40p in every £1 spent on picture books in the UK goes on a title written by Julia Donaldson.
Her most famous book, The Gruffalo, has sold over 3.5 million copies worldwide. Other works in her stuffed back catalogue include Room on the Broom, The Snail and the Whale, The Giants and the Joneses.
Parentdish talked to Julia ahead of the upcoming tour of the stage adaptation of her 2009 book, What the Ladybird Heard.
A stage adaptation of What the Ladybird Heard is about to go on tour. As a performer yourself, how involved did you get in the production?
The main thing is to be happy with the company, make sure they're not dumbing down. Not "now children, let's all sing a nice song!" Not that many are like that these days.
And then after that, I have maybe two or three meetings with them about it. But I didn't go to any rehearsals, and I wasn't breathing down their necks - that would have been really irritating!
How have you managed to write so many books?
About 60 of them are phonics books, so they're very short and quicker to write. And then there's another series I'm very proud of called Plays to Read - very short plays for children.
I think that's the very, very best way to learn to read - reading plays out loud and swapping parts.
So it sounds like more than it is, in a way.
You've got two more books that have just been published. Could you tell us a bit about them?
It's inspired by a friend's bath, and it's all about bath toys. They take SOS calls through the shower attachment of the bath for animals that need water, so you've got a kangaroo that's very thirsty, a pig that's dirty. Unknown to the family - in the best storybook tradition - the bath flies out all over the world during the daytime.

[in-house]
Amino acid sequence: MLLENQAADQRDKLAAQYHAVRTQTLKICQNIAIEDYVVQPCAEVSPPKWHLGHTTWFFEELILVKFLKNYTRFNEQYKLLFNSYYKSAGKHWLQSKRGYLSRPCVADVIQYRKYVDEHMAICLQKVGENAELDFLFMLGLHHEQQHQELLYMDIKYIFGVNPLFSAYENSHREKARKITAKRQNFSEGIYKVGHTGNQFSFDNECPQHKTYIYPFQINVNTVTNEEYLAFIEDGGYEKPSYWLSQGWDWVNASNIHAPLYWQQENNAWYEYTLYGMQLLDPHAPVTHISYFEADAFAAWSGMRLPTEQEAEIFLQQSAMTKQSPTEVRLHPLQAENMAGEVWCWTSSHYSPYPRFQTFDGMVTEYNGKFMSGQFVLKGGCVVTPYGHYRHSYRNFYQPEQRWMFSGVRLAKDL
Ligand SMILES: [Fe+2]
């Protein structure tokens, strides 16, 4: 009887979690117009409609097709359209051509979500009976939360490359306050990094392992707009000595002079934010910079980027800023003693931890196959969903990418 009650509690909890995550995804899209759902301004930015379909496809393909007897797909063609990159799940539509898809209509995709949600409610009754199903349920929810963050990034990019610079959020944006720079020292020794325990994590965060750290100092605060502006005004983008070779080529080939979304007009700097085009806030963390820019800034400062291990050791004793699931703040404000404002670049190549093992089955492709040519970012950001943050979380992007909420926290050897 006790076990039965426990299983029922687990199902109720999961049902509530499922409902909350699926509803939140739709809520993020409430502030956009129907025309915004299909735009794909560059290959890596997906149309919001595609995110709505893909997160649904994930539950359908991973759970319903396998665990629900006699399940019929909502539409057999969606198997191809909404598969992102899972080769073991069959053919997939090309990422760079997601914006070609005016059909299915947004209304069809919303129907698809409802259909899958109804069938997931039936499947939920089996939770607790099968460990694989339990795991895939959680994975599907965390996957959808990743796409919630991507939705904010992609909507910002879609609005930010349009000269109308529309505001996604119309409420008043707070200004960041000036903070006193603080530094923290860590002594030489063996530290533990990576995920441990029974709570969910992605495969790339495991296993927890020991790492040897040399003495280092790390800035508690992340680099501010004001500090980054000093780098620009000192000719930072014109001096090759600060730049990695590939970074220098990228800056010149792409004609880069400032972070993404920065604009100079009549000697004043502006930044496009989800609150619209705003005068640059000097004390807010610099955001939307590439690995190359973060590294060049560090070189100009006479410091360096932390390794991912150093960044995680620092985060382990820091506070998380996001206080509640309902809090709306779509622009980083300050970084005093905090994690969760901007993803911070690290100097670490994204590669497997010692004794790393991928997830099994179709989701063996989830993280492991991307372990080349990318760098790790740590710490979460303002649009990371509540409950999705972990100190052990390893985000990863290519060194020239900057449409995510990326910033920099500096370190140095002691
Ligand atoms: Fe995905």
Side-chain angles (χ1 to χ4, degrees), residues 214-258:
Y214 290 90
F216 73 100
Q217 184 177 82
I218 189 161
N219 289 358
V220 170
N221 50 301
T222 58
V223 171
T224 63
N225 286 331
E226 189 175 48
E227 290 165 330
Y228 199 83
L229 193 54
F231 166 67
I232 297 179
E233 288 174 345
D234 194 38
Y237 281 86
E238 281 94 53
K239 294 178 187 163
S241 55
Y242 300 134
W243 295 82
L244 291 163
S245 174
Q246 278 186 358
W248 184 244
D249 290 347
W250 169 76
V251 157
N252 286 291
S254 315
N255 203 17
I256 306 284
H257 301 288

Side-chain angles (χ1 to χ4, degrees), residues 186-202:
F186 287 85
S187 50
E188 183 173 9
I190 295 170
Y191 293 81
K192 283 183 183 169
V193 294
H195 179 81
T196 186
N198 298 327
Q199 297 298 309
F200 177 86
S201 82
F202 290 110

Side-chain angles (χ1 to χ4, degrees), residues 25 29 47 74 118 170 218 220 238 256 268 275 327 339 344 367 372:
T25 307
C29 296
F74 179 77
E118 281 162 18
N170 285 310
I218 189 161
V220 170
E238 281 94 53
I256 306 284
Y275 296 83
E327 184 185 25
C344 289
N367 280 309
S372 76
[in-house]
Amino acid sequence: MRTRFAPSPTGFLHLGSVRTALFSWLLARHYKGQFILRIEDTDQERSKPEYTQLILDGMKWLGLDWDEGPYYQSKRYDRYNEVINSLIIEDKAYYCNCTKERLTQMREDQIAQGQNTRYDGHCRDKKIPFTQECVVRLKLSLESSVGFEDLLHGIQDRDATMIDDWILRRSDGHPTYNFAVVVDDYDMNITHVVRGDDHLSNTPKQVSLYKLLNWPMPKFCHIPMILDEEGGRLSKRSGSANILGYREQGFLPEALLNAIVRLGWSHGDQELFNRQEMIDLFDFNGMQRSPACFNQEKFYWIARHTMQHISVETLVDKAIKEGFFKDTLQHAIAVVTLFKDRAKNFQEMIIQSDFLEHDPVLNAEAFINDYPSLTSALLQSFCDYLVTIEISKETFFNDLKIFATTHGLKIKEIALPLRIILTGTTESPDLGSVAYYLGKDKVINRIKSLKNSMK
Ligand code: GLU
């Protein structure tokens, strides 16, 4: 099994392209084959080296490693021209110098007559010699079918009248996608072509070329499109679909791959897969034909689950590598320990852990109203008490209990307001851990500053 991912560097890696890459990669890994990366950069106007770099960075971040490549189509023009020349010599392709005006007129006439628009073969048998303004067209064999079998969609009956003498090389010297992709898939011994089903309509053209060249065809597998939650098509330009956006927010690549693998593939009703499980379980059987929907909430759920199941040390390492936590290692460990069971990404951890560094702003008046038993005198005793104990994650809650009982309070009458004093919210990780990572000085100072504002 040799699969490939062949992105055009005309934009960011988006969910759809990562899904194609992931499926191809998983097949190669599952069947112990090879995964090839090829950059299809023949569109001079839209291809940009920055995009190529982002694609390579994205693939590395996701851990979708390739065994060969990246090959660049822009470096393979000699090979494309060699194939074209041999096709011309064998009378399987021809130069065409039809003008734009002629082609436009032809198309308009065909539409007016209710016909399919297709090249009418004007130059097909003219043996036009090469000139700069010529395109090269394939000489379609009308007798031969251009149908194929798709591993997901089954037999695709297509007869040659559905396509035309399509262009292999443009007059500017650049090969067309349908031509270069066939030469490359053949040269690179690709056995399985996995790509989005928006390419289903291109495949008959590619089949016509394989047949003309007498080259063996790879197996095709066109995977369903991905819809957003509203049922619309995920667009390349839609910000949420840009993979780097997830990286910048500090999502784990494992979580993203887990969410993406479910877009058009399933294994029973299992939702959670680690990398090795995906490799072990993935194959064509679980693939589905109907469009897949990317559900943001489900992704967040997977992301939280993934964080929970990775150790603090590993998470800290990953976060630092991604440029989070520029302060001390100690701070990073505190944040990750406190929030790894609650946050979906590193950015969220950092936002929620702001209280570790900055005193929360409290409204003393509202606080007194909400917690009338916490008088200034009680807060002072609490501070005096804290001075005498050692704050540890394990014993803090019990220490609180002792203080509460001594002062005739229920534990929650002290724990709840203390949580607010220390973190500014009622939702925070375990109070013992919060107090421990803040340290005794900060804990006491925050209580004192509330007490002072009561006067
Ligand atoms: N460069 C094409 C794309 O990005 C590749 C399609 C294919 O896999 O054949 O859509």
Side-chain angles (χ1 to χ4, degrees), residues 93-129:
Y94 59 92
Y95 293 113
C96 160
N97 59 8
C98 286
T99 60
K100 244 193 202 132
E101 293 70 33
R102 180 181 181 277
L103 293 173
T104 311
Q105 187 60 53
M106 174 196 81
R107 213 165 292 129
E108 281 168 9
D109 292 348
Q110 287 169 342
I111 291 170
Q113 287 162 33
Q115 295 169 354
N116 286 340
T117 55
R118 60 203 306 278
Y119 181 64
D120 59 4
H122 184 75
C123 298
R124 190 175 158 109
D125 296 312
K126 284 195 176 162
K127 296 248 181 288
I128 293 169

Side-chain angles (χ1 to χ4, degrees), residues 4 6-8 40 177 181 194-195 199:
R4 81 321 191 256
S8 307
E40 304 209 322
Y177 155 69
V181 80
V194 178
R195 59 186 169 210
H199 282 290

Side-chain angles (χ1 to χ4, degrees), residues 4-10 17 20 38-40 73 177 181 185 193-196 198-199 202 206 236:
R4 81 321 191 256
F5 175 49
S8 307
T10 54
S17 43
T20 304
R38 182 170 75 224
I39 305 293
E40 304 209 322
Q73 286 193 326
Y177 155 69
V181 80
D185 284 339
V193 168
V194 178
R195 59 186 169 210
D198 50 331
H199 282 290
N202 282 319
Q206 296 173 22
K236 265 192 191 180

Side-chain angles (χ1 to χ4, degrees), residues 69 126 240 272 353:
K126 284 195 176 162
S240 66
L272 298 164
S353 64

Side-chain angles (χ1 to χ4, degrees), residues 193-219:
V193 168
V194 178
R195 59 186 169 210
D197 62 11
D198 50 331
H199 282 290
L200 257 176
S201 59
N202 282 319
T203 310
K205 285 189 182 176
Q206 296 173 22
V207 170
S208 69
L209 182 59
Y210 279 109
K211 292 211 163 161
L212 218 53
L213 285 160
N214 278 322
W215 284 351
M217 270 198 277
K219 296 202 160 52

It's kind of educational, telling children about the use of water, and it's all written in rhyming speech bubbles.
Did you always intend to be a writer? You started out as a songwriter...
I am still a songwriter, and I've got three books of songs out. It's strange the way it happened... I had already written some plays for schools, and I had the intention of sending them to a publisher but it was never top of my list.
Then when A Squash and a Squeeze was published, it really gave me the courage to do that, and that's what really got me going.
I think I could well be doing nothing, as songwriting was drying up because the BBC wasn't commissioning songwriters any more. So I could just have been a really frustrated person!
Were you a voracious reader growing up?
Yes, I was. I grew up in Hampstead which had lots of second-hand bookshops. I had a friend I used to go browsing with, reading all the William books, and the old E Nesbitt books.
I went to the library about once a week, or once a fortnight. In fact, not that long ago, I got back in touch with my old librarian. She'd read an interview where I'd mentioned her and got in touch with the paper. I probably thought she was ancient!
Do you get a lot of fan mail? Does anything stand out in particular?
Oh yes, lots! Some of it is very funny. "I can't do a handstand because I always fall over," that sort of thing. And then there are some that are very sad - a child who's died, and they've read something by me at the funeral. So it really runs the gamut.
There were rumours of a Warner Bros adaptation of the Giants and the Joneses. Is that still happening?
No, that's not happening any more. And I can't say I mind much. The adaptation has got to be right. I've been very happy with the others, The Gruffalo, The Gruffalo's Child and Room on the Broom.
Speaking of the Gruffalo, it's probably your most famous book. Do you think there's something about it that particularly captures people?
I couldn't say, you'd have to ask the readers. Perhaps it's because at the time, there weren't many children's books like that, although now you get quite a lot written in rhyme. So maybe there was a bit of luck there...
What the Ladybird Heard will be touring through the summer, at theatres across the UK including London, Aylesbury, Swansea, Hull and Swindon.
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